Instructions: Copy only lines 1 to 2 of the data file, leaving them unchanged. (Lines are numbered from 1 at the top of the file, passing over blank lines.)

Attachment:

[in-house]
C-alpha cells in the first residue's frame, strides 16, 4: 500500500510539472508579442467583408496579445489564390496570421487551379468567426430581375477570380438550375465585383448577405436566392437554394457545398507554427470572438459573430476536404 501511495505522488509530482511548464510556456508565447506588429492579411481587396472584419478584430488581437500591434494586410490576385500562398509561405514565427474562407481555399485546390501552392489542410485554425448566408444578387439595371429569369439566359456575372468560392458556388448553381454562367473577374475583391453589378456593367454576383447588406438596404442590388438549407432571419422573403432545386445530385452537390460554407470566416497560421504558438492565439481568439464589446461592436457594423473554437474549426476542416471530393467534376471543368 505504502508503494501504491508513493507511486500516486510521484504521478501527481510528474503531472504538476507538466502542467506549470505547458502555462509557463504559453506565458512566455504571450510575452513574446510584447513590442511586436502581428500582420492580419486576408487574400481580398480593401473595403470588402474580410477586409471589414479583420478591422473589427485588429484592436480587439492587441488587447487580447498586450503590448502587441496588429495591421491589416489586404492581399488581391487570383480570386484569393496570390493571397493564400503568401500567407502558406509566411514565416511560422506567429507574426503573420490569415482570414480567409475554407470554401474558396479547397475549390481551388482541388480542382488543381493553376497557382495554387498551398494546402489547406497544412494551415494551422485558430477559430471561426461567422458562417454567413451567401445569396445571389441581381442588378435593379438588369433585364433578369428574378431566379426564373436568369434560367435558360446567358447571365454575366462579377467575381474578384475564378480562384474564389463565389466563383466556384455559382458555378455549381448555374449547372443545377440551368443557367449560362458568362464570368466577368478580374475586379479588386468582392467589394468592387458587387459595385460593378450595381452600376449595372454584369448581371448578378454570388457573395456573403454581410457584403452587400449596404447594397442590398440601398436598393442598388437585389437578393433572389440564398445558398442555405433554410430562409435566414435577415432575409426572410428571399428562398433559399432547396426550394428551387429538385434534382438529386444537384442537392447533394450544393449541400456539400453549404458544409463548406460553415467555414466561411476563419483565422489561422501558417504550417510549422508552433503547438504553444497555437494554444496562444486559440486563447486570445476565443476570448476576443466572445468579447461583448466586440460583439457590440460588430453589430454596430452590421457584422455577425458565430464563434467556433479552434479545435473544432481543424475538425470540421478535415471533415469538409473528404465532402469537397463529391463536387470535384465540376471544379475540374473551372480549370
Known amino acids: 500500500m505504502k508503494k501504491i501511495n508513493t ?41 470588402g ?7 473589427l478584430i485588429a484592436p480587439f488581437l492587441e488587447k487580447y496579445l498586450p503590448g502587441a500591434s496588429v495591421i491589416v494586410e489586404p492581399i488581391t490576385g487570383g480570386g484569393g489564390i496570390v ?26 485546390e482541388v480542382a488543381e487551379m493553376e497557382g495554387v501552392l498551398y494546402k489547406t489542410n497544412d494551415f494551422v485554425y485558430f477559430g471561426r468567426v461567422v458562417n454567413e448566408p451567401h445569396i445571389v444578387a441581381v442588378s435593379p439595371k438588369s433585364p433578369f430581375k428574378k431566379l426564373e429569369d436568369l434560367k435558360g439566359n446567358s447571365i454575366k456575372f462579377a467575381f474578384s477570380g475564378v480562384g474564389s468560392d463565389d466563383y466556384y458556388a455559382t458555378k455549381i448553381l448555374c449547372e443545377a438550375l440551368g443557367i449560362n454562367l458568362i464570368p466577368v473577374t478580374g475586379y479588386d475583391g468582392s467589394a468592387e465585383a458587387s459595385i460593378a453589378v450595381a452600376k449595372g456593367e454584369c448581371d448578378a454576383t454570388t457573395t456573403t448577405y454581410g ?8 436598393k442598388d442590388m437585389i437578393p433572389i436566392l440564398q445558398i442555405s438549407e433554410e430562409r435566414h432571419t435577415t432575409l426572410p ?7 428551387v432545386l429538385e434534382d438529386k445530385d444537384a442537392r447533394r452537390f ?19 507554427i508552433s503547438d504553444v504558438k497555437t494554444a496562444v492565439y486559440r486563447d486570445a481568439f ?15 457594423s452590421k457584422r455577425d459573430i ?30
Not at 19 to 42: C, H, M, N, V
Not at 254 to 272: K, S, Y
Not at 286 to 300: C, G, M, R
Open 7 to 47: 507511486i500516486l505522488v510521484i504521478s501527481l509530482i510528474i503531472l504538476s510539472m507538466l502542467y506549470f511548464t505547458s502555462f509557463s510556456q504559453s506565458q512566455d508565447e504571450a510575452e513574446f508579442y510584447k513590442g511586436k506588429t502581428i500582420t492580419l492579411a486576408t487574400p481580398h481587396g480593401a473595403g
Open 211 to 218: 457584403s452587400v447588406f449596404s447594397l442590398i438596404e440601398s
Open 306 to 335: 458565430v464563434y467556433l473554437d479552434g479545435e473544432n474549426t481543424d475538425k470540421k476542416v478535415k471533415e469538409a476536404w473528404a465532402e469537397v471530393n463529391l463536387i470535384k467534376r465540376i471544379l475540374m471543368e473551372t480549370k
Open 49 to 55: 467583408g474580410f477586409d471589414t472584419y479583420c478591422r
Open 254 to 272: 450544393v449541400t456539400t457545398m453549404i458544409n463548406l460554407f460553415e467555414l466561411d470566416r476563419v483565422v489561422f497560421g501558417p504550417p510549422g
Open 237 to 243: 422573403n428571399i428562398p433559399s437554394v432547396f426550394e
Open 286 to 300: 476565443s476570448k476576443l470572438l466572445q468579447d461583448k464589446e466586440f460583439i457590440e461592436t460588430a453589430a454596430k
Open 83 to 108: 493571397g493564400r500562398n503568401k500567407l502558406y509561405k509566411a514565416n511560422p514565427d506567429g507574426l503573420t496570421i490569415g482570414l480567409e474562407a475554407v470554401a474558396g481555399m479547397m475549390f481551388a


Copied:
[in-house]
C-alpha cells in the first residue's frame, strides 16, 4: 500500500510539472508579442467583408496579445489564390496570421487551379468567426430581375477570380438550375465585383448577405436566392437554394457545398507554427470572438459573430476536404 501511495505522488509530482511548464510556456508565447506588429492579411481587396472584419478584430488581437500591434494586410490576385500562398509561405514565427474562407481555399485546390501552392489542410485554425448566408444578387439595371429569369439566359456575372468560392458556388448553381454562367473577374475583391453589378456593367454576383447588406438596404442590388438549407432571419422573403432545386445530385452537390460554407470566416497560421504558438492565439481568439464589446461592436457594423473554437474549426476542416471530393467534376471543368 505504502508503494501504491508513493507511486500516486510521484504521478501527481510528474503531472504538476507538466502542467506549470505547458502555462509557463504559453506565458512566455504571450510575452513574446510584447513590442511586436502581428500582420492580419486576408487574400481580398480593401473595403470588402474580410477586409471589414479583420478591422473589427485588429484592436480587439492587441488587447487580447498586450503590448502587441496588429495591421491589416489586404492581399488581391487570383480570386484569393496570390493571397493564400503568401500567407502558406509566411514565416511560422506567429507574426503573420490569415482570414480567409475554407470554401474558396479547397475549390481551388482541388480542382488543381493553376497557382495554387498551398494546402489547406497544412494551415494551422485558430477559430471561426461567422458562417454567413451567401445569396445571389441581381442588378435593379438588369433585364433578369428574378431566379426564373436568369434560367435558360446567358447571365454575366462579377467575381474578384475564378480562384474564389463565389466563383466556384455559382458555378455549381448555374449547372443545377440551368443557367449560362458568362464570368466577368478580374475586379479588386468582392467589394468592387458587387459595385460593378450595381452600376449595372454584369448581371448578378454570388457573395456573403454581410457584403452587400449596404447594397442590398440601398436598393442598388437585389437578393433572389440564398445558398442555405433554410430562409435566414435577415432575409426572410428571399428562398433559399432547396426550394428551387429538385434534382438529386444537384442537392447533394450544393449541400456539400453549404458544409463548406460553415467555414466561411476563419483565422489561422501558417504550417510549422508552433503547438504553444497555437494554444496562444486559440486563447486570445476565443476570448476576443466572445468579447461583448466586440460583439457590440460588430453589430454596430452590421457584422455577425458565430464563434467556433479552434479545435473544432481543424475538425470540421478535415471533415469538409473528404465532402469537397463529391463536387470535384465540376471544379475540374473551372480549370